I changed my approach to my drunkard husband. I hated him because he drank a lot and he did not care for us. Whenever I’d ask for money from him, his response was always the same “There’s no money” and yet he is drinking 24/7. I told him about what I learned from the SASA training. We used to fight a lot but now I engage him and I tell him what I feel. Our communication has improved. I used to walk back home so that I could save part of the transport refund I got during the training which paid off because I bought a goat. At least I know that it will help my children and will not always have to rely on my husband. I also handled a case involving two neighbours who were always conflicting with each other. One decided to carry her things and leave the only land that was allocated to her by the Office of the Prime Minister. She was stranded. I informed the community leaders who came in and we talked to her and encouraged her to go back to her home.  But still, she was not reaching the neighbours’ home yet we were doing village savings there. I continued to engage both of them and the relationship has improved. As the Secretary for Children’s Affairs in my community, I mobilised and talked to 35 girls about early marriage. I asked them to draw their vision showing what they want to be in the future and hang it on their walls such that they are reminded to strive to achieve their vision each day that passes by and they don’t end in early, forced and abusive relationships. Mesiko Night, Agojo Refugee Settlement  

I was such an unforgiving person. I would fight over every little issue. I looked at myself as tough and a no-nonsense woman. As a result of the training, I am now more forgiving. I no longer carry a lot of burden in my heart which has improved my life greatly. Drate Florence, Agojo Refugee Settlement  

 I was called an Economic Woman. I would not give my money to anyone nor did I contribute my hard-earned money to my family for the last seven years in my marriage. I was secretive with my husband and he had never seen my money.  After the training, I thought I should give it a try. I bought a pregnant goat using my hard-earned money and the goat produced twins. My husband is very happy because for the first time he saw my money’s value and for that, he has promised to pay my bride price to my parents. I thank The Peace Centre for empowering me and opening my eyes. My life has changed and I am now enjoying my marriage because we are able to put our resources together and achieve better. Gule Rose Juma, Loa, Ciforo Sub County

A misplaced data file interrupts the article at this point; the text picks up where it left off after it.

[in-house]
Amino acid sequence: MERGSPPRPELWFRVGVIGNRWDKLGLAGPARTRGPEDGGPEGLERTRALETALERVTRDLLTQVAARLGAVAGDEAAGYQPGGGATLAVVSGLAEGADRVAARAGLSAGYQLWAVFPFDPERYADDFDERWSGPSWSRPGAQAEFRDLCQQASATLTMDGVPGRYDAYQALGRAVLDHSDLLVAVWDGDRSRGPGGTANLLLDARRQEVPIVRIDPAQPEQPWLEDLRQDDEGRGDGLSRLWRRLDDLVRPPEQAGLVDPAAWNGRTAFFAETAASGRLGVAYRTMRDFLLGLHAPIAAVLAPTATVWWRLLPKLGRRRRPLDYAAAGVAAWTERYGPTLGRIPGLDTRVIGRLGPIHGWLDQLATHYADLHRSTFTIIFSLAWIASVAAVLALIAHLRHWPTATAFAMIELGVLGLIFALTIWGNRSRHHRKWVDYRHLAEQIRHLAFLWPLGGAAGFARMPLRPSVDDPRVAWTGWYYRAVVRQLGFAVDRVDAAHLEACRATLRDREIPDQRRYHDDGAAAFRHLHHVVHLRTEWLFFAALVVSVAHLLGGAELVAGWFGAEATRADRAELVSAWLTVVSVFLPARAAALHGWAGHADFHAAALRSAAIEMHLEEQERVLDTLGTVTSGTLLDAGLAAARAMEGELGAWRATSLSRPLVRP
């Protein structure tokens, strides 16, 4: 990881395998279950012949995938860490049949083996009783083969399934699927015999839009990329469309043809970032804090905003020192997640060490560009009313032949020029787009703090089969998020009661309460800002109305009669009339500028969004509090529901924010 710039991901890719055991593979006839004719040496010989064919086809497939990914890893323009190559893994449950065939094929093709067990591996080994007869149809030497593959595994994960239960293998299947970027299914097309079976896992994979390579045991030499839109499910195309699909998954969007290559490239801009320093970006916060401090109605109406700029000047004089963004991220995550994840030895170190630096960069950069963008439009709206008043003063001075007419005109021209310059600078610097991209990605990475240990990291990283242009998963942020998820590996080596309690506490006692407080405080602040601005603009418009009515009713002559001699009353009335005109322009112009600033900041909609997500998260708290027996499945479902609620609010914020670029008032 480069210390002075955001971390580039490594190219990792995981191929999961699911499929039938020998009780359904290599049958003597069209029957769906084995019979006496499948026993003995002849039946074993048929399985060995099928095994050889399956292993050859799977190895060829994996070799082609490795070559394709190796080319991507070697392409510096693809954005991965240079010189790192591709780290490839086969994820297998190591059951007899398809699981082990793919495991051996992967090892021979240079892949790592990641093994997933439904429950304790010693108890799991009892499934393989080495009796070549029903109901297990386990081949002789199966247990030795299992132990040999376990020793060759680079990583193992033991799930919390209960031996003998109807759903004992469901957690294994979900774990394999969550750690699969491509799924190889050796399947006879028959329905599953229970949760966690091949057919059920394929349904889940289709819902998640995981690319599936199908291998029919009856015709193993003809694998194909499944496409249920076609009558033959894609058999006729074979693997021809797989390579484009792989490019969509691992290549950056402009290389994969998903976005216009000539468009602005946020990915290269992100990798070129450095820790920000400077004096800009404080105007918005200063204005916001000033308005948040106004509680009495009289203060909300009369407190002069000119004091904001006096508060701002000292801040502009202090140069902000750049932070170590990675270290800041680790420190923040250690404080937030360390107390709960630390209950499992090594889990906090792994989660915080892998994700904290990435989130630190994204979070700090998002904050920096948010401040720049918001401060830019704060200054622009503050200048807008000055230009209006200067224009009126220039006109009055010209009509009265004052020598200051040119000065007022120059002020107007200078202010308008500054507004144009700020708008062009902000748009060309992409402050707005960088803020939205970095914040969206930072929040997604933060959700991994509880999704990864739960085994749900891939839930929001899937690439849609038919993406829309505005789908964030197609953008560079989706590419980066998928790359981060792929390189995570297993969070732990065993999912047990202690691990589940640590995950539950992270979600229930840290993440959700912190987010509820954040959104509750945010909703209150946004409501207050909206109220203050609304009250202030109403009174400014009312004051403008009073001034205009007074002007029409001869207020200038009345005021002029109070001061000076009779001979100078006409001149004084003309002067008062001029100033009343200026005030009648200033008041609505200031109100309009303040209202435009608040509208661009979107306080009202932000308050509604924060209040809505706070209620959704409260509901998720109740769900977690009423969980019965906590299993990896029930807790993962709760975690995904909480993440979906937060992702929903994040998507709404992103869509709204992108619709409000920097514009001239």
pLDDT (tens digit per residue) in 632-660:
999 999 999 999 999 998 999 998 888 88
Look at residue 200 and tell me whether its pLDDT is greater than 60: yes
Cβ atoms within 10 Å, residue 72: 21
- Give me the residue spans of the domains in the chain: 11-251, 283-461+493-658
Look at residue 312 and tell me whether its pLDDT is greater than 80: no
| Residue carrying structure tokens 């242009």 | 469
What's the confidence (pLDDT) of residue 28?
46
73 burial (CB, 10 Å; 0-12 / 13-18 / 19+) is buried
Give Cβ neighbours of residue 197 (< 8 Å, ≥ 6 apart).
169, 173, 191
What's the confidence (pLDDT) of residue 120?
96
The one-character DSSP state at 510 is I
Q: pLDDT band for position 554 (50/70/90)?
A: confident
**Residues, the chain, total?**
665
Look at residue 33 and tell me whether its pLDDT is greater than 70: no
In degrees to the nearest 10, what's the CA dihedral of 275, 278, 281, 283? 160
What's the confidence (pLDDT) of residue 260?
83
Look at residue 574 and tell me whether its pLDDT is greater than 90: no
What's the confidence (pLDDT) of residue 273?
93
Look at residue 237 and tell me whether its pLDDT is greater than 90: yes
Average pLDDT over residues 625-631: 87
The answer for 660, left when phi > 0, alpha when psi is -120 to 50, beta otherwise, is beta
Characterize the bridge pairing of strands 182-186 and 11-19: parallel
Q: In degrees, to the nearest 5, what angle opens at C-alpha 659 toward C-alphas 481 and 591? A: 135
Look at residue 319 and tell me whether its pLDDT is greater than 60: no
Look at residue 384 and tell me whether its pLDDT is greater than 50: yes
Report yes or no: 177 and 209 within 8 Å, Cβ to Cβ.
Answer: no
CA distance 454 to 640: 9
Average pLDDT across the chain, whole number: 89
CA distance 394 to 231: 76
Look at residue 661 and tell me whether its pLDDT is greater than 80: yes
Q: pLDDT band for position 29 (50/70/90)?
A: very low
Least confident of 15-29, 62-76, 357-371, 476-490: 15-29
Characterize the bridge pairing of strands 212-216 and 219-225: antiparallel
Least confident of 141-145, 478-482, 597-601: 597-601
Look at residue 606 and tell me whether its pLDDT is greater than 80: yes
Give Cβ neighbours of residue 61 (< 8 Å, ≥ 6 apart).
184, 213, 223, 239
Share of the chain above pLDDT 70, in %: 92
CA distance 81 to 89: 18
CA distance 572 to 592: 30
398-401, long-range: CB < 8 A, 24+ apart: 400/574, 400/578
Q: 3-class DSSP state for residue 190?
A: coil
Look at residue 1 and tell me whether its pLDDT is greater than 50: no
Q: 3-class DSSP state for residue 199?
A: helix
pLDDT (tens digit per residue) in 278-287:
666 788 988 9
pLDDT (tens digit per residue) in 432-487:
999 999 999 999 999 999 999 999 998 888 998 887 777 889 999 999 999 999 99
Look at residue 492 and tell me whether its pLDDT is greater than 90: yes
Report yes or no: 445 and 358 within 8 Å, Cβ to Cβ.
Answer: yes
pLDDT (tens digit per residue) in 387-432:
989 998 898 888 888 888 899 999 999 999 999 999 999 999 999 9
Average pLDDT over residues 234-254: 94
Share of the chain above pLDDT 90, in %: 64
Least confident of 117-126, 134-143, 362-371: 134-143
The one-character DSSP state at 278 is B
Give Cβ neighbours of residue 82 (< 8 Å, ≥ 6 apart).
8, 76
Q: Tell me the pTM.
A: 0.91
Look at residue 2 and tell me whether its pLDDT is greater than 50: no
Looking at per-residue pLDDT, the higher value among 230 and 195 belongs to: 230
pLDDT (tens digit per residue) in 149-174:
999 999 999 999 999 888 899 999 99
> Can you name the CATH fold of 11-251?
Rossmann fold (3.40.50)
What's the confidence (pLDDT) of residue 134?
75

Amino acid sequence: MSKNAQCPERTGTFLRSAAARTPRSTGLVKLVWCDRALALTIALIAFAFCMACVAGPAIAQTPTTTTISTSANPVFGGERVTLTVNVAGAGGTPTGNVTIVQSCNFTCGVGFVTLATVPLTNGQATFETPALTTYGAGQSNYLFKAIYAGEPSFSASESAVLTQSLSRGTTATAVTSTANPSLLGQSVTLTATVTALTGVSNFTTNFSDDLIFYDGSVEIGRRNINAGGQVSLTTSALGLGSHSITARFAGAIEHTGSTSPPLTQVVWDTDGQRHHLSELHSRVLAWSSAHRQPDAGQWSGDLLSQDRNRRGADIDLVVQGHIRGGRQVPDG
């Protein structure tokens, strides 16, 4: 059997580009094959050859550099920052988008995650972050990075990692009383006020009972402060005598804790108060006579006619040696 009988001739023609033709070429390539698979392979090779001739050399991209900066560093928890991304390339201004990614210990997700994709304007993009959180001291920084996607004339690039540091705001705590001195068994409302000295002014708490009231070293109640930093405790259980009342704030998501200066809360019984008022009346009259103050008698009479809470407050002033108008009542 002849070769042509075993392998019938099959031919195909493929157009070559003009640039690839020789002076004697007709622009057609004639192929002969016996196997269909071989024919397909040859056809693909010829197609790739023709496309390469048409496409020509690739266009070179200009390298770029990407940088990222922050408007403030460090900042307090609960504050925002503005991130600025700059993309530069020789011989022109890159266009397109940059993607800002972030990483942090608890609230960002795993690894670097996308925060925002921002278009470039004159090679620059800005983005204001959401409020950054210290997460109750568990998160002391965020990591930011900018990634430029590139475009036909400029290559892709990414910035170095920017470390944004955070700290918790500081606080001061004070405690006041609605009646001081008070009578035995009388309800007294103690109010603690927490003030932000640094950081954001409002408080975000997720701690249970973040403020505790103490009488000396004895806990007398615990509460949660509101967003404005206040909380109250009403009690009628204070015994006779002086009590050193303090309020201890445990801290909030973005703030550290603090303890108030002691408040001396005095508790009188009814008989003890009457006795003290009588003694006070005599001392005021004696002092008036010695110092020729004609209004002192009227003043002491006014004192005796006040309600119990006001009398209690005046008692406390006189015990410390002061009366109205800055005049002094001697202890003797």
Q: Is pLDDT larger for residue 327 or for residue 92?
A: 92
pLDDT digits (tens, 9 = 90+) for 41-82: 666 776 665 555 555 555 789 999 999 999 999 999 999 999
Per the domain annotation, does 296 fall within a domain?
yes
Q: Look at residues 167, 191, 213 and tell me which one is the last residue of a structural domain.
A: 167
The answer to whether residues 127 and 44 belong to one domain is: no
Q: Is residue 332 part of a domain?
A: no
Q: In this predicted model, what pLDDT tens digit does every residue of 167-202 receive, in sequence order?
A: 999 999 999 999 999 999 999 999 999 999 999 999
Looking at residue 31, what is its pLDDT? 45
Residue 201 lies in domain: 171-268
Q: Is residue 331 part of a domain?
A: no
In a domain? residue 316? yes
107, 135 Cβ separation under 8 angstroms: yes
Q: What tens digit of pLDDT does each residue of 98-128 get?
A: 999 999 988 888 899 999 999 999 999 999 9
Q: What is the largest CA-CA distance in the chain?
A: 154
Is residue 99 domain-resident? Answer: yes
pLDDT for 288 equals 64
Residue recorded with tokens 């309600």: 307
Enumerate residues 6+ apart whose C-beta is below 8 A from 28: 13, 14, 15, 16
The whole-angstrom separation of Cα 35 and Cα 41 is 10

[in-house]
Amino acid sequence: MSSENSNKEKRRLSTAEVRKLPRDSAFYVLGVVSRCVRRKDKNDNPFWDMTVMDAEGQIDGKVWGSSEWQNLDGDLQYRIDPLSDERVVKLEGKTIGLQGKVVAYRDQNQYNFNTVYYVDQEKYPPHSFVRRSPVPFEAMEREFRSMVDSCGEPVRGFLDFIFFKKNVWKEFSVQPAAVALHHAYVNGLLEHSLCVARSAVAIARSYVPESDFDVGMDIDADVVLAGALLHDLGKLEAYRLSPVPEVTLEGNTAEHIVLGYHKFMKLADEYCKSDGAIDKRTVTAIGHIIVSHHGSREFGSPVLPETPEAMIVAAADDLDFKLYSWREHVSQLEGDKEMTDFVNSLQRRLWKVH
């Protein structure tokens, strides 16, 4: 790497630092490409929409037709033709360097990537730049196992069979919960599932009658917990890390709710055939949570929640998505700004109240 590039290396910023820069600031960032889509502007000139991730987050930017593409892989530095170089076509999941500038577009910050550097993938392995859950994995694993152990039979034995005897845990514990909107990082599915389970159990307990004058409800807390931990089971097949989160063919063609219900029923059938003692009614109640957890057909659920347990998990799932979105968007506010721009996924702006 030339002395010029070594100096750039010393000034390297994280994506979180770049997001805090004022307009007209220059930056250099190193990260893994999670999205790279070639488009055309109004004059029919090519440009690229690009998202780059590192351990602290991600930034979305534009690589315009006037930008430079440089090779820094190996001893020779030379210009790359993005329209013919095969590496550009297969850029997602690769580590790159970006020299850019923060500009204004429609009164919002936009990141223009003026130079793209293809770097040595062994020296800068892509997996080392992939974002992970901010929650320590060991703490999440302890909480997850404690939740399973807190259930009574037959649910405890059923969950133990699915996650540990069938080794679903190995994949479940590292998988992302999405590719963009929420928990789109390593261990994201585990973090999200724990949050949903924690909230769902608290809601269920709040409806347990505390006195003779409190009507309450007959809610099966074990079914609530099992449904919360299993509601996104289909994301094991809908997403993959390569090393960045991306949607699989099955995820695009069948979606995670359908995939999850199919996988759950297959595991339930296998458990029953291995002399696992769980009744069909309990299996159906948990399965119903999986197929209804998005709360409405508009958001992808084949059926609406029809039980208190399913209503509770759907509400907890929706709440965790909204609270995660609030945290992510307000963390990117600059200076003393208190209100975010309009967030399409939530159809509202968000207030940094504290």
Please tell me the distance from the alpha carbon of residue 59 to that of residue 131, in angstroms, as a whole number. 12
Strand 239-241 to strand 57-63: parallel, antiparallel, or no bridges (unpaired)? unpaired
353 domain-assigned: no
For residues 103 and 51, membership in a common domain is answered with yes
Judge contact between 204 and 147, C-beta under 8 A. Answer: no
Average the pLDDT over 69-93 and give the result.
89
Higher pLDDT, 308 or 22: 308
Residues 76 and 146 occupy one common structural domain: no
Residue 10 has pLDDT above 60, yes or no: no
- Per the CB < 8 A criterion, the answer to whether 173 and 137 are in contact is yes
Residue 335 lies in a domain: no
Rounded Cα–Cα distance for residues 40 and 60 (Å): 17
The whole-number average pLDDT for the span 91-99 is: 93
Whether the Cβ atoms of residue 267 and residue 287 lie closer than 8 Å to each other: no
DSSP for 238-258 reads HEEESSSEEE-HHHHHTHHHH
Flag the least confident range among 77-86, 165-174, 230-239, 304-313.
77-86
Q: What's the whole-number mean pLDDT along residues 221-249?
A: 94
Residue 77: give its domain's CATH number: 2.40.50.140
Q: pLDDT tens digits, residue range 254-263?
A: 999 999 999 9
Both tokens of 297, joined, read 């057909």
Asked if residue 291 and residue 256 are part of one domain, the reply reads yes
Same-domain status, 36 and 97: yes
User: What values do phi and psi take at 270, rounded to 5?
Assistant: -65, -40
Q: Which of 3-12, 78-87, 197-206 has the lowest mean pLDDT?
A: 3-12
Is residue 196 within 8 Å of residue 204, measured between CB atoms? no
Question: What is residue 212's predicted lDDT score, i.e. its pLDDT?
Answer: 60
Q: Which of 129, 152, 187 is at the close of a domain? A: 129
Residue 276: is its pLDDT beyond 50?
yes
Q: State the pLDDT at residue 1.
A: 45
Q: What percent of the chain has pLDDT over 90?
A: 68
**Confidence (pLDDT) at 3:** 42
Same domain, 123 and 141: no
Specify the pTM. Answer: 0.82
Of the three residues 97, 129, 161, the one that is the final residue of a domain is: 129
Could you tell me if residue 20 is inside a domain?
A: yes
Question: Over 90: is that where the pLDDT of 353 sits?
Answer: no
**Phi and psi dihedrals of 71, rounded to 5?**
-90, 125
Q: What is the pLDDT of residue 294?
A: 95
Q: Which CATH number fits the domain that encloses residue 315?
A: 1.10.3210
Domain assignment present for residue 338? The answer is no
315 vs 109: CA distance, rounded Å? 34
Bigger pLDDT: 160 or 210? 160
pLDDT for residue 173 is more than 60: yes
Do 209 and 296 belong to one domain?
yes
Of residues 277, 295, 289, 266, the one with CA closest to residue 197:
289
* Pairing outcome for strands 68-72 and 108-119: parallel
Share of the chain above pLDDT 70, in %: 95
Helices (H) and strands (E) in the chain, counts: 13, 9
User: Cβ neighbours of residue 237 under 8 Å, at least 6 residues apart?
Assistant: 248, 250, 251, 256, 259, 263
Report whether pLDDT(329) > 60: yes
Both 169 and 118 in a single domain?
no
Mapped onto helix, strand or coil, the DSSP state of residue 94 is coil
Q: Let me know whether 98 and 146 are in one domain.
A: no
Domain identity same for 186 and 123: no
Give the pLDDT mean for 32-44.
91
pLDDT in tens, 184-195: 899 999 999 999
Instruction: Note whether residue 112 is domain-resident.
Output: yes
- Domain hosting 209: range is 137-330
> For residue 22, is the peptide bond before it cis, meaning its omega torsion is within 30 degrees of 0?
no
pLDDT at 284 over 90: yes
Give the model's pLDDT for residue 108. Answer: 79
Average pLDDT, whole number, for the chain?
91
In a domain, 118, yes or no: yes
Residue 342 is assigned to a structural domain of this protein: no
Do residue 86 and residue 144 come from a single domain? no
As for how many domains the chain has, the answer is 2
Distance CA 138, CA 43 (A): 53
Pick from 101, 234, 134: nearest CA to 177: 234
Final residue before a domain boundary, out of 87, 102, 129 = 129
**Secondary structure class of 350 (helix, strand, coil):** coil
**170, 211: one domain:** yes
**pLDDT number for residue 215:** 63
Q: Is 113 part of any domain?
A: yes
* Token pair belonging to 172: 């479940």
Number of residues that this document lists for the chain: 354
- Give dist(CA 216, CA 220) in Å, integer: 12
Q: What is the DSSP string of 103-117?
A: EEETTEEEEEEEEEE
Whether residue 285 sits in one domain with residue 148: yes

I am well known to be a very stubborn woman in my community. On 1st January 2020, I followed my husband to the trading centre. He asked me to go back home and I told him I would not go unless we went back together. We quarrelled a lot and he went away on 6th January to South Sudan. I stopped picking his calls. He came back in December. Knocked at my door and I refused to open for him three consecutive nights. He engaged the neighbours who talked to me but I was not ready to welcome him back. When I reflected on the information I got at the training, I was able to forgive him. We started living well. He constructed for me a house and a kitchen. Since he went back to South Sudan, our communication has improved. He sends us some money for upkeep. I realised that I was also bridging violence in my relationship. Angua Night, Agojo Refugee Settlement  

“I had two neighbours who were always conflicting. One day, one of them went to the other’s home and destroyed very many things from her neighbours’ home claiming she could no longer tolerate the abuse. I engaged her and realised that it was transferred aggression because her husband had abandoned her with two children. I advised her to leave the children with the mother & go back to school. Which she has done. I was able to realise the power within, saved some little money, bought grass and thatched my house. I was almost sleeping in a roofless house.” Angua Rose Daniel, Agojo Refugee Settlement 

“Before I started working with The Peace Centre, I used to believe that I was stronger than my husband. I would quarrel all night. Sorry was not part of my vocabulary, asking politely was not an option. I would not take his advice on anything. I used to be very arrogant. The Peace Centre has mentored me. I realised that I was bullying my husband. I have changed my attitude and things have changed for the better.” Dranjowa Christine, Field Officer at The Peace Centre